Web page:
10. How often Will Someone Be Home with the Dog?


A dog that ends up sitting at home all day waiting for its owner to return home, will inevitably be a sad dog – your breeder will want to make sure there will be someone dedicated to being home on time, or returning throughout the day to say hi, let the pup out for a bathroom break and even enjoy a little stroll. Similarly, a dog can react negatively when they spend a large amount of time with their masters for the first few weeks of ownership and then none at all. Working is justified, but it’s the conscious effort you intend to make that the breeder is interested in.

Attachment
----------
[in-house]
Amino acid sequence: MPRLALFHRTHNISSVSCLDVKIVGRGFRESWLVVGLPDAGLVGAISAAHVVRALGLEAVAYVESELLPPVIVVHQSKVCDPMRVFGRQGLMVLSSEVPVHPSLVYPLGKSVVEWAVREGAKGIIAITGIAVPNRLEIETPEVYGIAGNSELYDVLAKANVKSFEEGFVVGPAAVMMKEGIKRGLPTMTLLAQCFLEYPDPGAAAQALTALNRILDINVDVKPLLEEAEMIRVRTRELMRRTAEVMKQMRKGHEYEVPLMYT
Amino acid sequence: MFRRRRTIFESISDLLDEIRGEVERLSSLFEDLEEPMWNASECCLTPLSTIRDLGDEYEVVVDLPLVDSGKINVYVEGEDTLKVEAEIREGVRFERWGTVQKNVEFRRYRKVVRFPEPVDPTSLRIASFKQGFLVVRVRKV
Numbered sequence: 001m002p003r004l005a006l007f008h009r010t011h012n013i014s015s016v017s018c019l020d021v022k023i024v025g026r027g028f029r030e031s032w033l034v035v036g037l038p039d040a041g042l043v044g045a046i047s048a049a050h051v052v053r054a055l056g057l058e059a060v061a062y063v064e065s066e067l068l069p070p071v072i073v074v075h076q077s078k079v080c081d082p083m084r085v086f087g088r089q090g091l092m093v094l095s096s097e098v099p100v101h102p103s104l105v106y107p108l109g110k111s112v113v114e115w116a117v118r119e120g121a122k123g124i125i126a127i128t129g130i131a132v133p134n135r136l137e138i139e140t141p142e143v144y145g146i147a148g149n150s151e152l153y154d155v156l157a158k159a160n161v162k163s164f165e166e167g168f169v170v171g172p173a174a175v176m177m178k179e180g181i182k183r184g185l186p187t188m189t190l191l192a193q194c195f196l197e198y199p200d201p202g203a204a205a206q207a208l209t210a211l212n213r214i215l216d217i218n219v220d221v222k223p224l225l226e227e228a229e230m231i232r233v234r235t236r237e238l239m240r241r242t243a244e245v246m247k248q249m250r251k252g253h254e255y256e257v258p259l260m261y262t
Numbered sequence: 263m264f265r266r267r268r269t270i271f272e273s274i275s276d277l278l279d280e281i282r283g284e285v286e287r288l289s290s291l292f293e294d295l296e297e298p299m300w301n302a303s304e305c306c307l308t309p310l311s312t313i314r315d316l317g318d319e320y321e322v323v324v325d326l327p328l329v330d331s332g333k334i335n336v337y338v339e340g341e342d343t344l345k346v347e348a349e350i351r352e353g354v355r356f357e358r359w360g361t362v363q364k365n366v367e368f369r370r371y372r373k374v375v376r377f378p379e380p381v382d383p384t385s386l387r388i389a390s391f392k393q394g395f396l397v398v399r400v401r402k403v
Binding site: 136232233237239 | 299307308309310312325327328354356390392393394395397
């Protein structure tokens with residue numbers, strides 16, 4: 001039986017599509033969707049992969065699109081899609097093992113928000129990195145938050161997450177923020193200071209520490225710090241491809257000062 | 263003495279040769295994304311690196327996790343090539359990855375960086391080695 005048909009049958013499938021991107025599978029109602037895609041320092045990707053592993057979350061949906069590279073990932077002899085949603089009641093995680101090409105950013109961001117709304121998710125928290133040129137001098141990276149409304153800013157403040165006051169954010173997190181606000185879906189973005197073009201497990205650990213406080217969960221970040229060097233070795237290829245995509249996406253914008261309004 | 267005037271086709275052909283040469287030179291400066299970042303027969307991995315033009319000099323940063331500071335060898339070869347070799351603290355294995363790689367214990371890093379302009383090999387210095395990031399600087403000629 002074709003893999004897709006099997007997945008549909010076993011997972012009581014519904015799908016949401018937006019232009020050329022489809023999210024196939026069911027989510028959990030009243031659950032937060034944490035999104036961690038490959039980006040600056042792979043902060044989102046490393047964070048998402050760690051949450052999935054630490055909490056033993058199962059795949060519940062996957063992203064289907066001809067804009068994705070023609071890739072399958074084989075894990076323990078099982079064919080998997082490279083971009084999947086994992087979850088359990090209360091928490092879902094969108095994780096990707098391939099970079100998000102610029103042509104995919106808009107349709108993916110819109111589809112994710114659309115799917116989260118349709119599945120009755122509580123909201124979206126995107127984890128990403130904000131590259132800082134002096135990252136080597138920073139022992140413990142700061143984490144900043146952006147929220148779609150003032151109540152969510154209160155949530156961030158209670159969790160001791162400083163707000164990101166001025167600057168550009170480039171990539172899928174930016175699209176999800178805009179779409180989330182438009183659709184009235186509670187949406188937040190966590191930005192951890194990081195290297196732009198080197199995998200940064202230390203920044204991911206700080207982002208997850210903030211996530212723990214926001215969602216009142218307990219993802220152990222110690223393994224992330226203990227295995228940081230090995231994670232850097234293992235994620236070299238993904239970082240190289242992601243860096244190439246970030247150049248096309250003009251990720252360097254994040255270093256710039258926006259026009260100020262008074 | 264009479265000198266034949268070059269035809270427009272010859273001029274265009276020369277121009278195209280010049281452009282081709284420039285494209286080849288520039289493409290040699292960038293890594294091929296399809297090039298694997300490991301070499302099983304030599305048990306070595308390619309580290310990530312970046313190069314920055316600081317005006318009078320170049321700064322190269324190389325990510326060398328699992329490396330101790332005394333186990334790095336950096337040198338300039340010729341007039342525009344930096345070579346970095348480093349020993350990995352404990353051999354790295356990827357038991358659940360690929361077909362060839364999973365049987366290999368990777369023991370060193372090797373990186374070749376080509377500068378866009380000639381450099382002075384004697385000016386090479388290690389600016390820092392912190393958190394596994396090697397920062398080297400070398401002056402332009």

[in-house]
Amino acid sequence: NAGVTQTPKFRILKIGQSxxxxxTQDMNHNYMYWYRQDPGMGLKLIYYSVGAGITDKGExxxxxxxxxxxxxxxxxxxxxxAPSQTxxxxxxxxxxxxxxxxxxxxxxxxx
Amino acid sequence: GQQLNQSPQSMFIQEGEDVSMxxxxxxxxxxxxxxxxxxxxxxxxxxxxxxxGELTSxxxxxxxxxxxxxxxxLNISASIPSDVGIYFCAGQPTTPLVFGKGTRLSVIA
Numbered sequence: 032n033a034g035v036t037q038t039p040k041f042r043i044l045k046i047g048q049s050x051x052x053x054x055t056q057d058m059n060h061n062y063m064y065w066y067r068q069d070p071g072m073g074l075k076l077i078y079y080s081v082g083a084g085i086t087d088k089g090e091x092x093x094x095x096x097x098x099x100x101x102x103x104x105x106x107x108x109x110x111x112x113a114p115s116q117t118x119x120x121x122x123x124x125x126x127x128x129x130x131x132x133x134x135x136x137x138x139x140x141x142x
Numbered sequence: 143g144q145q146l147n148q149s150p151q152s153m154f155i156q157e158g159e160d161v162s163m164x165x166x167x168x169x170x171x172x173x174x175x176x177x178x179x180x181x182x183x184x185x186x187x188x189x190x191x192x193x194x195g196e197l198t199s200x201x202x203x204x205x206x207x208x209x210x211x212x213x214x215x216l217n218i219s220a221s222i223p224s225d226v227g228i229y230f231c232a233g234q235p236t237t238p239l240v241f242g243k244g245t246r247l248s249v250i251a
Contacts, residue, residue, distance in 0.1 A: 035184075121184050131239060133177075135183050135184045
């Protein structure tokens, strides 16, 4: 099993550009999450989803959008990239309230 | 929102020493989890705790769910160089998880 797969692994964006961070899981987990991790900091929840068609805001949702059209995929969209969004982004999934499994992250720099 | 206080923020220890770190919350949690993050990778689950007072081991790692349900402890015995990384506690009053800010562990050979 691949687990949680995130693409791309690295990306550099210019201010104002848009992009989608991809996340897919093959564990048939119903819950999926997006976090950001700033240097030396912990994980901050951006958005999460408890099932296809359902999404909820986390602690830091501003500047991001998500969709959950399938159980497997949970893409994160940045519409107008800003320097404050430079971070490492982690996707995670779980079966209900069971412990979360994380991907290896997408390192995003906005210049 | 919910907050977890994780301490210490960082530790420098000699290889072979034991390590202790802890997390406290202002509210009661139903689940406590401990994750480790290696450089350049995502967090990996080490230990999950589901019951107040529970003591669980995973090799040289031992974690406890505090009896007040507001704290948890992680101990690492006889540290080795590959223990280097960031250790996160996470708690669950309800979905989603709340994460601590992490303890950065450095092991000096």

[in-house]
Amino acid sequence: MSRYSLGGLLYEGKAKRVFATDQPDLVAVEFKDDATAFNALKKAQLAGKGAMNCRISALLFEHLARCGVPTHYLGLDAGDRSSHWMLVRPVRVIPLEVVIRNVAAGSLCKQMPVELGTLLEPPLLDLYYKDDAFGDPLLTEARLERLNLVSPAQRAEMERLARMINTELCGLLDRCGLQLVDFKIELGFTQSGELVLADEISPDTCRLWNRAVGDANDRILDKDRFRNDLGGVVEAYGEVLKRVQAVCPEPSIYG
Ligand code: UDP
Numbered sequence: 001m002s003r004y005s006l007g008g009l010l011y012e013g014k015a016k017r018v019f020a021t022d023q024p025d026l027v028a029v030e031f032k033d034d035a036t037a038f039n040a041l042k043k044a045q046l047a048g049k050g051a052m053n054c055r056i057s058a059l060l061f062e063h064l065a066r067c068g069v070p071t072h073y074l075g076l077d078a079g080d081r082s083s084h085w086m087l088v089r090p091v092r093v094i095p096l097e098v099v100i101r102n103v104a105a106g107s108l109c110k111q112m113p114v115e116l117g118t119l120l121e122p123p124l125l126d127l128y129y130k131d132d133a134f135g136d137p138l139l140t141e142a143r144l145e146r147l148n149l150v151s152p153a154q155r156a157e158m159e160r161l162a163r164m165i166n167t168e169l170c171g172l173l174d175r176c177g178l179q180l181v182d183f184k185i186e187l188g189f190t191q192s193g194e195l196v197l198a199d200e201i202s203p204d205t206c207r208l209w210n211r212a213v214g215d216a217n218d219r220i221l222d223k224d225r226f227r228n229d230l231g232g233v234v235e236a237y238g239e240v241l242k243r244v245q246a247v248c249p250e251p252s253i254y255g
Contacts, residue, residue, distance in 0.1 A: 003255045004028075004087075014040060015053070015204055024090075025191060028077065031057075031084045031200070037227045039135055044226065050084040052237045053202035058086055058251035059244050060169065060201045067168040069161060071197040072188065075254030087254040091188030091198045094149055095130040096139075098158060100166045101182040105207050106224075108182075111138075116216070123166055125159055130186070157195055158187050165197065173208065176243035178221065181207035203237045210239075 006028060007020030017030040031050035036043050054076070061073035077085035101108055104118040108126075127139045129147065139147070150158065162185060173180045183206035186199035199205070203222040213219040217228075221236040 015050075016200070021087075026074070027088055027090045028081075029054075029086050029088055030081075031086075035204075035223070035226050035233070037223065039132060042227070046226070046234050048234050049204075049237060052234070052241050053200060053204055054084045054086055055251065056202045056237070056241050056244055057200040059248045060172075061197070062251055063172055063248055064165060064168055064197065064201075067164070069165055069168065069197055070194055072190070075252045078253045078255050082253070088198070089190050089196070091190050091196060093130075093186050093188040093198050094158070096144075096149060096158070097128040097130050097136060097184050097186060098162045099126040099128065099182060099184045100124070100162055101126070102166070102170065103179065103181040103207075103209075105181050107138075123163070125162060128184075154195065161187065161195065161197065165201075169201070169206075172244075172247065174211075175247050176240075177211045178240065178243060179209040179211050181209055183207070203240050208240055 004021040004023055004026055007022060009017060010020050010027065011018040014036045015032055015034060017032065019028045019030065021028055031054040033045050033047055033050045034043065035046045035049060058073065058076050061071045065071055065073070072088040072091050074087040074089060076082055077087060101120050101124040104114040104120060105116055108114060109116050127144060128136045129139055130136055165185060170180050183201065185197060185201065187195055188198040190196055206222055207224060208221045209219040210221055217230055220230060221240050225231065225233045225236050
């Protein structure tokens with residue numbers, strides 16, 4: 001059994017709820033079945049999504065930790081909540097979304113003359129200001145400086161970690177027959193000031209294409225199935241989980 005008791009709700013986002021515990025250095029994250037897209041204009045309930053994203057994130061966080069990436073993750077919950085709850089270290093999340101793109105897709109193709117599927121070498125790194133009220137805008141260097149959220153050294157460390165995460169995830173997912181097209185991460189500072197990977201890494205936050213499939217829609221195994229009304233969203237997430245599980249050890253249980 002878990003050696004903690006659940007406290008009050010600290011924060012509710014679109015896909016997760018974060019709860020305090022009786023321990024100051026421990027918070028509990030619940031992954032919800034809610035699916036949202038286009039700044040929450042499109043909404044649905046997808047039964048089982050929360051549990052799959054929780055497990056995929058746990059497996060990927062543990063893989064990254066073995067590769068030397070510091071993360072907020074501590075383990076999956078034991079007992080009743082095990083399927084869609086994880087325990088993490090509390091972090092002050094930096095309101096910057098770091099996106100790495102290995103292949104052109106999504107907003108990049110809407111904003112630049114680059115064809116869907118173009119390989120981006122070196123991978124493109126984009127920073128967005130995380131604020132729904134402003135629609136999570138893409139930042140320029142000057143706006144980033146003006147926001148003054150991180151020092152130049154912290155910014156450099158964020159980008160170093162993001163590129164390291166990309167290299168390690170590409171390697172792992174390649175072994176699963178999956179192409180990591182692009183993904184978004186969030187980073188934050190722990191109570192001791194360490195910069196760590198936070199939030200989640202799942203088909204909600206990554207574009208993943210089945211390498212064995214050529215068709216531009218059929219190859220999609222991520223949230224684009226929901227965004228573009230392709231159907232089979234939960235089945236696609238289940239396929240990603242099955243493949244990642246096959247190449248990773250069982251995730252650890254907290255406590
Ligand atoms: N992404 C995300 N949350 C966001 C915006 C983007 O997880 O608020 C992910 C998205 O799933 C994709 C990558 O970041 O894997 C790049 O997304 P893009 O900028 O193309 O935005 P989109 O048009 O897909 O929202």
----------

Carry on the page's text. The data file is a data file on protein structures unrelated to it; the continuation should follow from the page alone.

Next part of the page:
Coming to the breeder with a few questions is a great way to begin the process of buying a new Great Dane puppy, and being ready to answer their questions helps to create an open and transparent relationship with your breeder over time. Remember, they’ll be a valuable resource for you throughout the duration of your dog’s life, so being an honest and open-minded dog owner is important from the start.